What is working capital?
Cash flow and accounting

What is working capital?

Managing working capital is crucial to the success of every business. Sufficient working capital is required to meet the minimum operational costs of business. More importantly, additional working capital is needed when a company is growing. It also allows them to take advantage of new opportunities or short-term investments.

What is working capital?

Working capital describes the funds used to run day-to-day business operations in small businesses. 'Capital' is another word for money, so working capital is the business's money for daily operations.

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Working capital is the heartbeat of any organisation, and it can tell you a few critical things. Firstly, it indicates the financial health or liquidity of the business. It will also tell you if you have enough cash for unexpected expenses and whether you’ve got too much tied up in cash and stocks. Or, most importantly, whether you’re running the risk of becoming insolvent.

In an ideal world, you’d buy something, make something or provide a service one day. Then, the very next day, get paid for it. In reality, businesses usually have to wait for many weeks to see a return on an outlay. Working capital is required to cover this gap and carry on trading as usual.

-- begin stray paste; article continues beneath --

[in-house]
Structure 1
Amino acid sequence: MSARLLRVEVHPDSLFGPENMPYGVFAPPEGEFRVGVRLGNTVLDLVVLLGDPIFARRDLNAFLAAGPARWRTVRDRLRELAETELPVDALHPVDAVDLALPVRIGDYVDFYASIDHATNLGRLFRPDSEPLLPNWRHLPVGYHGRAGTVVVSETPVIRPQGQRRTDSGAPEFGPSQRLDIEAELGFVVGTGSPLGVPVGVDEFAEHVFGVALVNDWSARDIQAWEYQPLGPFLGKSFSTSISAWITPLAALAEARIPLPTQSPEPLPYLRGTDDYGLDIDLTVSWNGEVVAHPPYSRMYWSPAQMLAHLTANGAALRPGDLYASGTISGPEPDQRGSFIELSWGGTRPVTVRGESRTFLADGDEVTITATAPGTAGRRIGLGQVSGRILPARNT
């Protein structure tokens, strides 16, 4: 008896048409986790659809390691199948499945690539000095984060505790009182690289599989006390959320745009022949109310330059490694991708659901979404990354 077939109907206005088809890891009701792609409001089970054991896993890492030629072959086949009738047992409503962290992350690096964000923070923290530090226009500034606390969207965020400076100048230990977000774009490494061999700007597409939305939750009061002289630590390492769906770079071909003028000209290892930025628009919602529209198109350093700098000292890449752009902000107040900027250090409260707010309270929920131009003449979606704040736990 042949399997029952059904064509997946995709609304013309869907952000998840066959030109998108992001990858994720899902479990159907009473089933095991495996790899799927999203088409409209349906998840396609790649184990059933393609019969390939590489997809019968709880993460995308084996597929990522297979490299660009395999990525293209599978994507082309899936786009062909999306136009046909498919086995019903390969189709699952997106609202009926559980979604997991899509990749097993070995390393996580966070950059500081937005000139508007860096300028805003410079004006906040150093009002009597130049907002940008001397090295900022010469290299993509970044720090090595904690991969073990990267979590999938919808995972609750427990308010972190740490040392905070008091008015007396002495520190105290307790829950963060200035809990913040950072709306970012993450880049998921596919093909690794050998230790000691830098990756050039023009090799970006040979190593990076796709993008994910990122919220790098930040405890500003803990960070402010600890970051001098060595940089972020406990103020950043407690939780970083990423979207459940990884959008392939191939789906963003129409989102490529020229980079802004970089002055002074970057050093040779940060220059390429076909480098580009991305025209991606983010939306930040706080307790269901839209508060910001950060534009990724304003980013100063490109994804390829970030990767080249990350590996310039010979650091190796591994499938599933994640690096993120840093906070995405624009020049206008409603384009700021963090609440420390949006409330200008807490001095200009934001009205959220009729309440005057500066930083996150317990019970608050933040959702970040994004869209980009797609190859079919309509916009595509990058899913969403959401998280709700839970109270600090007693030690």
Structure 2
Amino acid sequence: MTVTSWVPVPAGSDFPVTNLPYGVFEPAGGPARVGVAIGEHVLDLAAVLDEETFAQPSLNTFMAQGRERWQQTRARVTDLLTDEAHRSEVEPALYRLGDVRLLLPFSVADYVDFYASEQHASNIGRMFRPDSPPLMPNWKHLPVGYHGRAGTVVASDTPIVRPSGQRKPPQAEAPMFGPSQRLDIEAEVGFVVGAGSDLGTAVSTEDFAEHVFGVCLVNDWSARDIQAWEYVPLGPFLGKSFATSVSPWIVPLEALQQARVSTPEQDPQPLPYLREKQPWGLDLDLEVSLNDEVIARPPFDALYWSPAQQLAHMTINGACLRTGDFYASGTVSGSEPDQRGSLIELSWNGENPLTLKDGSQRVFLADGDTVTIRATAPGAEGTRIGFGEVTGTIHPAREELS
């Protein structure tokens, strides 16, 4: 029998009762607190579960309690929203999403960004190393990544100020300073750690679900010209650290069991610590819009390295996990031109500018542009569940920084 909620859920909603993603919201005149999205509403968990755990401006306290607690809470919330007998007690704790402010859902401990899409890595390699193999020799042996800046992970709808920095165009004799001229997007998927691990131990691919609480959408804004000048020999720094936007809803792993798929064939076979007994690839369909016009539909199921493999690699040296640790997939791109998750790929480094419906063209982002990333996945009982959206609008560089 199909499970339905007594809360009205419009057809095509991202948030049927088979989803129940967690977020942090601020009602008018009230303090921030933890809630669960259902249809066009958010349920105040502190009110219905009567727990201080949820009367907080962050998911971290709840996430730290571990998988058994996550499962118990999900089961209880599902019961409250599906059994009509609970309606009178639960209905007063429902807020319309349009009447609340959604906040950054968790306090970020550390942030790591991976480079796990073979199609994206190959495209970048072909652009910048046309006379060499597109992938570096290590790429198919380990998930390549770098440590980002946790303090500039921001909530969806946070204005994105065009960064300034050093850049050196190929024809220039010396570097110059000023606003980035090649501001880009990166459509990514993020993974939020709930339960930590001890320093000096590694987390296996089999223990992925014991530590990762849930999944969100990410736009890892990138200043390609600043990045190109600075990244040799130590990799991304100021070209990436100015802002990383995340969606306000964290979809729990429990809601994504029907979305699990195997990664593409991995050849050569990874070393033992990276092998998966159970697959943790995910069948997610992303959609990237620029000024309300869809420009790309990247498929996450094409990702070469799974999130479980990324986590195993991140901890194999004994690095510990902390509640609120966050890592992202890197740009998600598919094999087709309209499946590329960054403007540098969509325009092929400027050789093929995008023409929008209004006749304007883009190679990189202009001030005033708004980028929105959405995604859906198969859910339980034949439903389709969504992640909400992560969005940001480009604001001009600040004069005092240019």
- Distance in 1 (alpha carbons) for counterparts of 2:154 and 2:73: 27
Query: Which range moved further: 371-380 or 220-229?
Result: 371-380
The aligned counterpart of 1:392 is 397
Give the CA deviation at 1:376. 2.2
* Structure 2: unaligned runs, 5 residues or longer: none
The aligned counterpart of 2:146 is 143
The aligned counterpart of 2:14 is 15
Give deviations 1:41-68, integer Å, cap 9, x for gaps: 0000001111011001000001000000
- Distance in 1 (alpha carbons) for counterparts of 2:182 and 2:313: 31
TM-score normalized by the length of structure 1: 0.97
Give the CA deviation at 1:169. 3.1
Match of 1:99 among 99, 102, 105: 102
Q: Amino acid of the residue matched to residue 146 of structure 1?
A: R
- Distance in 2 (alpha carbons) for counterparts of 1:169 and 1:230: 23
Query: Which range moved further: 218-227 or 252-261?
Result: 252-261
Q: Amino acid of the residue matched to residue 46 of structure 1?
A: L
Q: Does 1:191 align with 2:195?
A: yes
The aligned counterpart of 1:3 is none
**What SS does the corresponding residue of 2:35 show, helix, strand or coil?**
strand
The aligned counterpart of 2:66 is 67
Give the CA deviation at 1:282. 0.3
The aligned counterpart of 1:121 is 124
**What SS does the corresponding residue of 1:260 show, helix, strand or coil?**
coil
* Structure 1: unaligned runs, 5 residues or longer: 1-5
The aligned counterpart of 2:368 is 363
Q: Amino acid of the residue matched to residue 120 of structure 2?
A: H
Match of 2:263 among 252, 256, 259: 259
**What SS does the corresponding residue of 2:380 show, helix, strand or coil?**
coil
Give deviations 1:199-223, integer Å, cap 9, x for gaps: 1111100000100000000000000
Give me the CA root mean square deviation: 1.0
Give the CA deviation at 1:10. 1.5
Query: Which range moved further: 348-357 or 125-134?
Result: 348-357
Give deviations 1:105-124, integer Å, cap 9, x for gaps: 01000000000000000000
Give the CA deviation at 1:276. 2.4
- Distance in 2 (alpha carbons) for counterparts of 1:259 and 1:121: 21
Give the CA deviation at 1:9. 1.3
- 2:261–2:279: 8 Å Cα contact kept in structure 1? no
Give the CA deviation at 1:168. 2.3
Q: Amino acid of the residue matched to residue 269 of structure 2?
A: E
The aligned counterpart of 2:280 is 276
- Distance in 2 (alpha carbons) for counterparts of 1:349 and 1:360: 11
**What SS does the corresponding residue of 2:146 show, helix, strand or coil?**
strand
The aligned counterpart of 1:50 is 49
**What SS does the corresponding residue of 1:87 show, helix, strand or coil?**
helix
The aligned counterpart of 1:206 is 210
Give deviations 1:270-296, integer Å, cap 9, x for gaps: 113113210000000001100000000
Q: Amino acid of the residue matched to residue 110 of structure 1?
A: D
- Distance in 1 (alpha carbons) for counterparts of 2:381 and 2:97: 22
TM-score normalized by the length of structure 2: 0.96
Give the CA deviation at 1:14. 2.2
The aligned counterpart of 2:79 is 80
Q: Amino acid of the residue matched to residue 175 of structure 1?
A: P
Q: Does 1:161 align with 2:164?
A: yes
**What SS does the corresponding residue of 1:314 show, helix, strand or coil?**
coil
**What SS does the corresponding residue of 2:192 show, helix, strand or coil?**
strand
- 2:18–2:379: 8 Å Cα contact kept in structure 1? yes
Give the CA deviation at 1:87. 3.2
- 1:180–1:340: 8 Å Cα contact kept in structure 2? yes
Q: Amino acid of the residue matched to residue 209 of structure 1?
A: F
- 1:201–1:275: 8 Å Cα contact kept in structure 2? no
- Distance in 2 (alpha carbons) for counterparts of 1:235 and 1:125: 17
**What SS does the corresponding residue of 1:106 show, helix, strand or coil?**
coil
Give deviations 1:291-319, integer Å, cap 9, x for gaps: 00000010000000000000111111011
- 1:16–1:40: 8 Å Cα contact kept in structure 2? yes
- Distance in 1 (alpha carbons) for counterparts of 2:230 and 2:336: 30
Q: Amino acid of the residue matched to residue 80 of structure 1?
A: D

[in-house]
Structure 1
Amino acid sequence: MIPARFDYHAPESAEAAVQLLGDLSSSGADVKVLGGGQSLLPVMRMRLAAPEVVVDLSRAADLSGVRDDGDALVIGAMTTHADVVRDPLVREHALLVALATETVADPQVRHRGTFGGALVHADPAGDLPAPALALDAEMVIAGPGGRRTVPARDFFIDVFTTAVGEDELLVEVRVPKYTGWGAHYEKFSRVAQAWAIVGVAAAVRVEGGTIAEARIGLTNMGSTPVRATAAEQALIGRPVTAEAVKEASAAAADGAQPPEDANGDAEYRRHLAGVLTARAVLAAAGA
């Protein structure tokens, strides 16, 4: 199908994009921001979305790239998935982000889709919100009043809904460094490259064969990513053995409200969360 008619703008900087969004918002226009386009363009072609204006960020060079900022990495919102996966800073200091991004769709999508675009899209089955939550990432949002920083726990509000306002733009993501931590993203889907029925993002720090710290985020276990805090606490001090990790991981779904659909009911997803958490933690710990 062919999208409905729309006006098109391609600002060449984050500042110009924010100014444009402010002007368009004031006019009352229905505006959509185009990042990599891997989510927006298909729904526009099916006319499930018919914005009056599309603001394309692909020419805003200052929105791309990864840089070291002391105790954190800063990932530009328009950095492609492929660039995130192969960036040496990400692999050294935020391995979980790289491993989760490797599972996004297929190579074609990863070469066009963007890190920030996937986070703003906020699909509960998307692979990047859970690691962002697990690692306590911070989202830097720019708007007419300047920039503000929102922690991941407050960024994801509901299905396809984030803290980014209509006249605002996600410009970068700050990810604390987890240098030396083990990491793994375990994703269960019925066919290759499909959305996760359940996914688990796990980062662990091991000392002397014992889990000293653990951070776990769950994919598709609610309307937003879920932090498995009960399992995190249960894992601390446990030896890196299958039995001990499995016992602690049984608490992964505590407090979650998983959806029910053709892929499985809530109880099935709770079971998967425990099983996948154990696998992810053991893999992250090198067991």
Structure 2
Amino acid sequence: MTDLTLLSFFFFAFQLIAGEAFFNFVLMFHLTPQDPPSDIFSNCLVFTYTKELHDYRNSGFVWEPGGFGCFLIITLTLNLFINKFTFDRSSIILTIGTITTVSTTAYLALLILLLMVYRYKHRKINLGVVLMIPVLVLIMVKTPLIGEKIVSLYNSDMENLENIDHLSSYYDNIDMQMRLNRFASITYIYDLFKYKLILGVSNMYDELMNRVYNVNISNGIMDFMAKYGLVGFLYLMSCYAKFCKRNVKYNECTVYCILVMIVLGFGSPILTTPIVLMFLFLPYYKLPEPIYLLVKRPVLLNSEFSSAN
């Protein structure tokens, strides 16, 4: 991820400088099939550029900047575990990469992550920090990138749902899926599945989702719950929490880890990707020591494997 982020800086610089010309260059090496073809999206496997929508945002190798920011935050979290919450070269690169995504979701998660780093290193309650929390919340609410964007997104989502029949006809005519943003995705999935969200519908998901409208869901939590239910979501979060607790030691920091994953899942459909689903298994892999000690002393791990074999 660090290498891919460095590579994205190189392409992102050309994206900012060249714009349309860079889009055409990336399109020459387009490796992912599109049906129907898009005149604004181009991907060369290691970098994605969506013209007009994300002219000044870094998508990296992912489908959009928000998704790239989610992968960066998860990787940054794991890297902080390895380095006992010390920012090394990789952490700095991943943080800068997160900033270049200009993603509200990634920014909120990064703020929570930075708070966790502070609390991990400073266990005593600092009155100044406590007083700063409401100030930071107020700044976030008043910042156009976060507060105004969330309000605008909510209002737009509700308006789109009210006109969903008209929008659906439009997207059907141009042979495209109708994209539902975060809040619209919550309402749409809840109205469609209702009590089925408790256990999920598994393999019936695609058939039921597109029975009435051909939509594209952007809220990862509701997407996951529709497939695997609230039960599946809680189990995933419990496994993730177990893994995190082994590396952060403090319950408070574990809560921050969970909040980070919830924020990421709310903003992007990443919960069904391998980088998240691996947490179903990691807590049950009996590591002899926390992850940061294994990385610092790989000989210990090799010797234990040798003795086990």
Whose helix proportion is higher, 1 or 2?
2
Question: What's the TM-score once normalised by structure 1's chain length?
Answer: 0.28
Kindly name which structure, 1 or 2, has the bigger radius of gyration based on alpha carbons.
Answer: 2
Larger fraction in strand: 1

How to raise working capital finance

Working capital is usually the first thing to be raised when a business starts. There are several ways to raise working capital, including:

  • Borrowing money from a bank, non-bank fintech lenders or other financial institutions
  • Raising equity investment
  • Raise venture capital funding from individuals or other businesses
  • Angel investment
  • Borrowing from friends or family

How to calculate working capital

Working capital is the difference between a business’s current assets and liabilities. Current assets include cash, accounts receivable, inventory and prepaid expenses - anything that can be converted into cash within a year. Current liabilities are bills due within one year (such as credit card debt). Working capital is calculated by subtracting current liabilities from current assets.

Table Example
Assets Liabilities
Bank accounts Accounts payable
Stocks & bonds Payroll
Accounts receivable Tax
Inventory Dividends
Property Overheads
Raw materials Debts (short and long term)

How much working capital should a business have?

After dividing the current assets by current liabilities, you’re left with a ratio. This working capital formula represents company liquidity and the net working capital position of the business. A positive working capital number indicates that the company has sufficient capital to meet its operating requirements and make short-term investments. A negative figure means that they have a shortfall.

Anything under 1 means the business needs to take action to improve the situation. They may need to borrow additional funds. Negative working capital could prevent them from investing in growth initiatives or meeting their current liabilities.

Managing your working capital

Cash flow management means balancing holding too much and too little short-term capital. Working capital will always have a cost attached and, therefore, should be minimised without impacting the growth of a business. Working capital management aims to achieve the right cash flow balance throughout the company. Efficient management of working capital includes: